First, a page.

Tag Archives: lifeline

Bill Ends $3.50 Monthly Phone Discount for Low-Income Tennesseans

The House sent to Gov. Bill Haslam on Monday night a bill that eliminates a $3.50 per month discount that about 93,000 low-income Tennesseans now receive on their landline telephone bill.
The measure (SB1180) was approved by a 91-1 vote. The sole no vote came from Rep. G.A. Hardaway, D-Memphis, who said he approves of most provisions in the overall bill, but not the section impacting the “Lifeline” phone discount. House Majority Leader Gerald McCormick, R-Chattanooga, said a $9.25 monthly federal discount for persons with low income will remain intact and that should be adequate.
Phone companies at one time were reimbursed by the federal government for the state-mandated discount as well, but that ended under legislation enacted by Congress last year.
The bill (SB1180), pushed by AT&T and other phone companies, was approved earlier by the Senate. It makes various other changes in state law that McCormick described as “obsolete.”

Bill Cuts ‘LifeLine’ Phone Subsidy for the Poor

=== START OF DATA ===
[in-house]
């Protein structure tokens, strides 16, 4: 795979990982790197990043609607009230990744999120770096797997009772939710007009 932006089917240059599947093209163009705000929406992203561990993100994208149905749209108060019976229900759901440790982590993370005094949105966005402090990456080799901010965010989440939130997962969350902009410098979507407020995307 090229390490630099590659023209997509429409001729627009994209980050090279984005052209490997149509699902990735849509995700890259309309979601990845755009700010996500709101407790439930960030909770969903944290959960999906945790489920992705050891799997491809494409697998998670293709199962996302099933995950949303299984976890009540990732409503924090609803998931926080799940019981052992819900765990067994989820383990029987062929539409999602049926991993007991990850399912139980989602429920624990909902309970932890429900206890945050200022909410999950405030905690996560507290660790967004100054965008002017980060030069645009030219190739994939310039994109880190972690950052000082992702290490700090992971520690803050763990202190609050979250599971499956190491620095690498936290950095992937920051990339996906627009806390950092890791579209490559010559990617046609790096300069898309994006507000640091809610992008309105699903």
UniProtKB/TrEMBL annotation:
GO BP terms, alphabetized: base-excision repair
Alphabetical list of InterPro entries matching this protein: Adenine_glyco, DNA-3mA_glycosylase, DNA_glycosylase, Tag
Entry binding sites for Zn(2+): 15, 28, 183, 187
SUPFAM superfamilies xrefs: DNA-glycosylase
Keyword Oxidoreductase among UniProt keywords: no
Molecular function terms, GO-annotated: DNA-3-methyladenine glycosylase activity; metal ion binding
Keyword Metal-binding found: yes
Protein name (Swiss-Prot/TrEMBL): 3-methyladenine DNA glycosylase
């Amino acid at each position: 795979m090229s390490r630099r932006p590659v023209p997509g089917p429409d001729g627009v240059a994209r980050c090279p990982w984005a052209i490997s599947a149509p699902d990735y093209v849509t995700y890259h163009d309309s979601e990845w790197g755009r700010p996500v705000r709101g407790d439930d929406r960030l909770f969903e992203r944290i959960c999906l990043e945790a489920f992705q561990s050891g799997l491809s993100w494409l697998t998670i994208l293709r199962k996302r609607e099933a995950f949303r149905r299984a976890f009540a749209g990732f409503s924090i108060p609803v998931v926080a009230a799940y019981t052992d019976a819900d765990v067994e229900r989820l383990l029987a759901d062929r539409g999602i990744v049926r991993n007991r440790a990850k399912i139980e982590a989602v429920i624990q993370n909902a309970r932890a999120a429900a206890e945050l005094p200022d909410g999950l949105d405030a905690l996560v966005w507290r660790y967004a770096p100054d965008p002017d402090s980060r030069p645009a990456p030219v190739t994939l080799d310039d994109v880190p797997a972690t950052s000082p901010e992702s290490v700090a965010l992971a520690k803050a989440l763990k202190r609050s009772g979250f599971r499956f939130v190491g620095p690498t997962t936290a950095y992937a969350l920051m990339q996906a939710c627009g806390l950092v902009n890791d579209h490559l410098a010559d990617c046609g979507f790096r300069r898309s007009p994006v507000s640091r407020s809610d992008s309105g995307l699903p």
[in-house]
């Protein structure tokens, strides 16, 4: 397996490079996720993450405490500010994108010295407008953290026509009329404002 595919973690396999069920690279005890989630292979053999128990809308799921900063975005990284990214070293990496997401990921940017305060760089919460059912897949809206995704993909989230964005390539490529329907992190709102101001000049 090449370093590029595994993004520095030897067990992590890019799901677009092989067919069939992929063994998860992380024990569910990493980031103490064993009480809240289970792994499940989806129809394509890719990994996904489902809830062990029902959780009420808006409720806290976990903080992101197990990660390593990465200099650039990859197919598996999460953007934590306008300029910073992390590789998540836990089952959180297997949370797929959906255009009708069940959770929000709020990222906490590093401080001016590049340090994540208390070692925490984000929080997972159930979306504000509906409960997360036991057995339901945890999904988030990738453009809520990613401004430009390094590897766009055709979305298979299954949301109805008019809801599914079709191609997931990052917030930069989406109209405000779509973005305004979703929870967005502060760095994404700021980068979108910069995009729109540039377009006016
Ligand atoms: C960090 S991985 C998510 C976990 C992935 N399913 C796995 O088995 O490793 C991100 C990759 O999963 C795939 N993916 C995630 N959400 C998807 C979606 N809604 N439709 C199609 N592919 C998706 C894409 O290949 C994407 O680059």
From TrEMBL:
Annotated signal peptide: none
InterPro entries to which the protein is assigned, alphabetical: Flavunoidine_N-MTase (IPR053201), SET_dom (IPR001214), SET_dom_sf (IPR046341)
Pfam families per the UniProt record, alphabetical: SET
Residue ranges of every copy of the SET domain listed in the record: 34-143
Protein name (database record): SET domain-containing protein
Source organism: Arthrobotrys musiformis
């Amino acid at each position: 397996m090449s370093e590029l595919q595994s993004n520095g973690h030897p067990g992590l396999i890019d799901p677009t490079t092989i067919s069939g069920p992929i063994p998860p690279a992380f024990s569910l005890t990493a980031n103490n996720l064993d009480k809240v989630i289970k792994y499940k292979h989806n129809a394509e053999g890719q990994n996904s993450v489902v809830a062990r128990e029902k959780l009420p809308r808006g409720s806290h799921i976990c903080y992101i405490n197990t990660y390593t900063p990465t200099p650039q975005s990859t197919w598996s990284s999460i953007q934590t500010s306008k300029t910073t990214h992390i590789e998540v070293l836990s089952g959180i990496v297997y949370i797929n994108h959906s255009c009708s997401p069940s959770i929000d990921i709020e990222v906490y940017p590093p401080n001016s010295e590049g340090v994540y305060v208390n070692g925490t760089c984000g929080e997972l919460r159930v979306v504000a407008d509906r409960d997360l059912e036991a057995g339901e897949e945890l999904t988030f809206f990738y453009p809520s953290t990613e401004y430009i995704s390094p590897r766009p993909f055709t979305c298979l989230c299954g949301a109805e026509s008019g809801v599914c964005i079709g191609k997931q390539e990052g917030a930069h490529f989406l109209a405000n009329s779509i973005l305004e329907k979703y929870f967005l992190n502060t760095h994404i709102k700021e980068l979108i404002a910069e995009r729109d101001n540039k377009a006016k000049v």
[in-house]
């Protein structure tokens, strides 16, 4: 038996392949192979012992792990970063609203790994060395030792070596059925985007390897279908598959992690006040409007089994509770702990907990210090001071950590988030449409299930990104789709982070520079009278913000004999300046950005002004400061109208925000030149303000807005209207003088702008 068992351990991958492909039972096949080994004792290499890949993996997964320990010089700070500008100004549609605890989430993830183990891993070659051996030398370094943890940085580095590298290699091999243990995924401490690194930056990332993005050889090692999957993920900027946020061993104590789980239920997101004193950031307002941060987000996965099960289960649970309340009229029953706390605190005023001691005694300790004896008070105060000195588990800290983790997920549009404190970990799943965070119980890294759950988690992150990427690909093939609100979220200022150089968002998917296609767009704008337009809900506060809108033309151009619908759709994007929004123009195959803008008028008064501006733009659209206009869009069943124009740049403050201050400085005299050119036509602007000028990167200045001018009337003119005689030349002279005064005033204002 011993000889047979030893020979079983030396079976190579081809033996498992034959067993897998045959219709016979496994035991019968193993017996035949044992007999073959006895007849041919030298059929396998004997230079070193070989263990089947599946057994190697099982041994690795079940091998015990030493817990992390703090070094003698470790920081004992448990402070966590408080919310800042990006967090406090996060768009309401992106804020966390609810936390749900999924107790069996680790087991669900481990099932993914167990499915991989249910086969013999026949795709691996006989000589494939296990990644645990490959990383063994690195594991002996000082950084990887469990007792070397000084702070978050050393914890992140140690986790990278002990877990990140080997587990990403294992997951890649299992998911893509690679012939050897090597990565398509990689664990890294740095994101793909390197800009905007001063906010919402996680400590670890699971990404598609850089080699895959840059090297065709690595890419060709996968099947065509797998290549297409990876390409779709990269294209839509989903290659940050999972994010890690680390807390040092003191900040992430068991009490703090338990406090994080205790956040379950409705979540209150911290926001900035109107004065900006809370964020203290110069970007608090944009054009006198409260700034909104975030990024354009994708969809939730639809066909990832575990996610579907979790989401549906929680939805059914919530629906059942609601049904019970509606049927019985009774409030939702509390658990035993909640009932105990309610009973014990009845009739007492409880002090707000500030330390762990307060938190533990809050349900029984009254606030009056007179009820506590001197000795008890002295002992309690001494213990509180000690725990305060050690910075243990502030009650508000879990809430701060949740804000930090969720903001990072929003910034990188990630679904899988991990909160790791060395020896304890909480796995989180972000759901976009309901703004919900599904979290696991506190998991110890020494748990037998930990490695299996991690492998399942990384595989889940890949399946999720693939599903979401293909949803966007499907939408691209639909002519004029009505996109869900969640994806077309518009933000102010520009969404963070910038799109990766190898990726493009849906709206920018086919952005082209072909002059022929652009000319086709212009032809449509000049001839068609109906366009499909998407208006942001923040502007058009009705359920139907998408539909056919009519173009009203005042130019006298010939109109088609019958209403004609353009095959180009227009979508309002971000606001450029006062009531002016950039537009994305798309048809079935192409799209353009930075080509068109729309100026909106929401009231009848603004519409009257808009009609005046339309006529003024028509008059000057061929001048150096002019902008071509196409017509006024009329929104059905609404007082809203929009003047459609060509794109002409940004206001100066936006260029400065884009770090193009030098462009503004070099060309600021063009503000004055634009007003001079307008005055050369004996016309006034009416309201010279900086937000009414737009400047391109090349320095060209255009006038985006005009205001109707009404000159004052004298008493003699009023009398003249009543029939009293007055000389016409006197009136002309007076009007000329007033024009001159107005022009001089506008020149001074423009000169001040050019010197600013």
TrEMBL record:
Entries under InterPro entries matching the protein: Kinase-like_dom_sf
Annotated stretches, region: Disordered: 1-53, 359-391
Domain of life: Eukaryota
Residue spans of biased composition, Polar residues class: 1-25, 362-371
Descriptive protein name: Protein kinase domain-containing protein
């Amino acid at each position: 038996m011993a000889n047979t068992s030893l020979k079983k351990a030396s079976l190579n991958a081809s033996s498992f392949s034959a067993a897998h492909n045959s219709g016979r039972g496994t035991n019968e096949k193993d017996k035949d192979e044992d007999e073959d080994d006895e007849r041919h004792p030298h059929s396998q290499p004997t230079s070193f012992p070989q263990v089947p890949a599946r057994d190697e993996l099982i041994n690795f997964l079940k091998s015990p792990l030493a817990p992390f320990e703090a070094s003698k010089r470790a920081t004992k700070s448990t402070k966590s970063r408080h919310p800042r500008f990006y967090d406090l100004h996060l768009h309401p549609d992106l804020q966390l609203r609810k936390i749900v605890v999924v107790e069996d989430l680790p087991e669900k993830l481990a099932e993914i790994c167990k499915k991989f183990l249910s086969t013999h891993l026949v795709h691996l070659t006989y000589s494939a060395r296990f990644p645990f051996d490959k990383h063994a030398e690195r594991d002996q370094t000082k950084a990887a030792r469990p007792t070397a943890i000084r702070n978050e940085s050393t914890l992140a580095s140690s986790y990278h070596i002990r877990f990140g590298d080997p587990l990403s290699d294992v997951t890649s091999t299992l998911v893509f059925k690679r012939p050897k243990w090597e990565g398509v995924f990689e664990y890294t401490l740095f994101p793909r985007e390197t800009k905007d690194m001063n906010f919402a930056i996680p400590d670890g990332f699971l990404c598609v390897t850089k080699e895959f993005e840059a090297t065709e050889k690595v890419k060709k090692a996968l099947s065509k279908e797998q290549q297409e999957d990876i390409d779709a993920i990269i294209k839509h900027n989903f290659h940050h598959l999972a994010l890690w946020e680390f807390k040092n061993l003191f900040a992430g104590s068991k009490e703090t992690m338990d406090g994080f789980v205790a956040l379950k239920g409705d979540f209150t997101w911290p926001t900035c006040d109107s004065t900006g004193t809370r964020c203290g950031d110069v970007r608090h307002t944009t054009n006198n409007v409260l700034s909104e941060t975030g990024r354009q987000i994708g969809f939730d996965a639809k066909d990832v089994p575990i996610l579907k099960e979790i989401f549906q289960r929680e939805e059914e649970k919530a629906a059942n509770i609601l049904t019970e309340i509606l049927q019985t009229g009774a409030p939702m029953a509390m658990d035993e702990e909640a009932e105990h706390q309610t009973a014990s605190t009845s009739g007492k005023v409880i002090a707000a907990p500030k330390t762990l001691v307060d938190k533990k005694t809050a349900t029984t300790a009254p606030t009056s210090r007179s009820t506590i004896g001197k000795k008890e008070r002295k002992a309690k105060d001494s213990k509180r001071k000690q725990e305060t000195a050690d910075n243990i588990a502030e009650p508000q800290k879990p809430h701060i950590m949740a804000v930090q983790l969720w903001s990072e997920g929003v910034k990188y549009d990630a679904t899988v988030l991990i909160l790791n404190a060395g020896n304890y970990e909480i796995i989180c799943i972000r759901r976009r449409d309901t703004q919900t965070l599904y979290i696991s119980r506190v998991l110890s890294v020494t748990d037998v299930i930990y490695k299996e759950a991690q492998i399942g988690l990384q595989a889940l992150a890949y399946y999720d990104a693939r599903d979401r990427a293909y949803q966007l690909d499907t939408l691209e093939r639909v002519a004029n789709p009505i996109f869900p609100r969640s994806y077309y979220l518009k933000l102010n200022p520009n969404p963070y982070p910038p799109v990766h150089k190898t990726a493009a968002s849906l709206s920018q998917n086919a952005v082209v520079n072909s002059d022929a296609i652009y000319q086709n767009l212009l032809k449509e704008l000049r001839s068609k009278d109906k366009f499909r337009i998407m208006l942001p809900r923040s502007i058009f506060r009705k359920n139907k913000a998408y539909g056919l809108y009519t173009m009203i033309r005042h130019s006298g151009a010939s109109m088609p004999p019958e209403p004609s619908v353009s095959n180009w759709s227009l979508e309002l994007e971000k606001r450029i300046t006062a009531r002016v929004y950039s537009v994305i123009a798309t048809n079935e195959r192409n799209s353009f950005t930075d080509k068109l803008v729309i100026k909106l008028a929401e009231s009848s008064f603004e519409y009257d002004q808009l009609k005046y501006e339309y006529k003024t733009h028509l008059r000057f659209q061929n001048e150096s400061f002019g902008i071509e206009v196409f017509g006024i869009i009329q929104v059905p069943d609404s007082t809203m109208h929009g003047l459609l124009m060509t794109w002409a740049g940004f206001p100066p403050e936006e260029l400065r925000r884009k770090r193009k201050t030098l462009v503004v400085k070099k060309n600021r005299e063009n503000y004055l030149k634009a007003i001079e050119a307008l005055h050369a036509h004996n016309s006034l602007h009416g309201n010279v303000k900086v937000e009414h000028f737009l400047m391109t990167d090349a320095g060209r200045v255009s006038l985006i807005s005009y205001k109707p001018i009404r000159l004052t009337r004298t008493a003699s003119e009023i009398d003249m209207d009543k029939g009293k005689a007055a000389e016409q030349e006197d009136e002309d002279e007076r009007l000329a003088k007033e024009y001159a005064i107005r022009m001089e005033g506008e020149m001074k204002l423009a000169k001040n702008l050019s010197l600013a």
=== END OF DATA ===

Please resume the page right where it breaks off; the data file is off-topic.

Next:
About 93,000 low-income Tennesseans would pay $3.50 per month more for basic landline phone service with passage of legislation moving quickly through the Legislature with support of AT&T, a company now losing money under the present system.
“It ends a mandate to fund social programs without being reimbursed,” said Senate Majority Leader Mark Norris, R-Collierville, in the only reference to the provision within SB1180 during a Senate committee hearing.
The measure — known as “the AT&T bill,” though Norris pointed out that it impacts other telecommunications companies as well — was approved unanimously by the Senate Commerce Committee and awaits a Senate floor vote this evening. A House committee, meanwhile, approved the companion bill last week — sponsored by House Majority Leader Gerald McCormick, R-Chattanooga, unanimously without any discussion.
The provision on “Lifeline” service, intended to assure the poor have access to basic phone service, is part of a package to eliminate what McCormick called in brief remarks to the House committee “obsolete language” and “regulatory underbrush” that could “hinder investment in Tennessee.”

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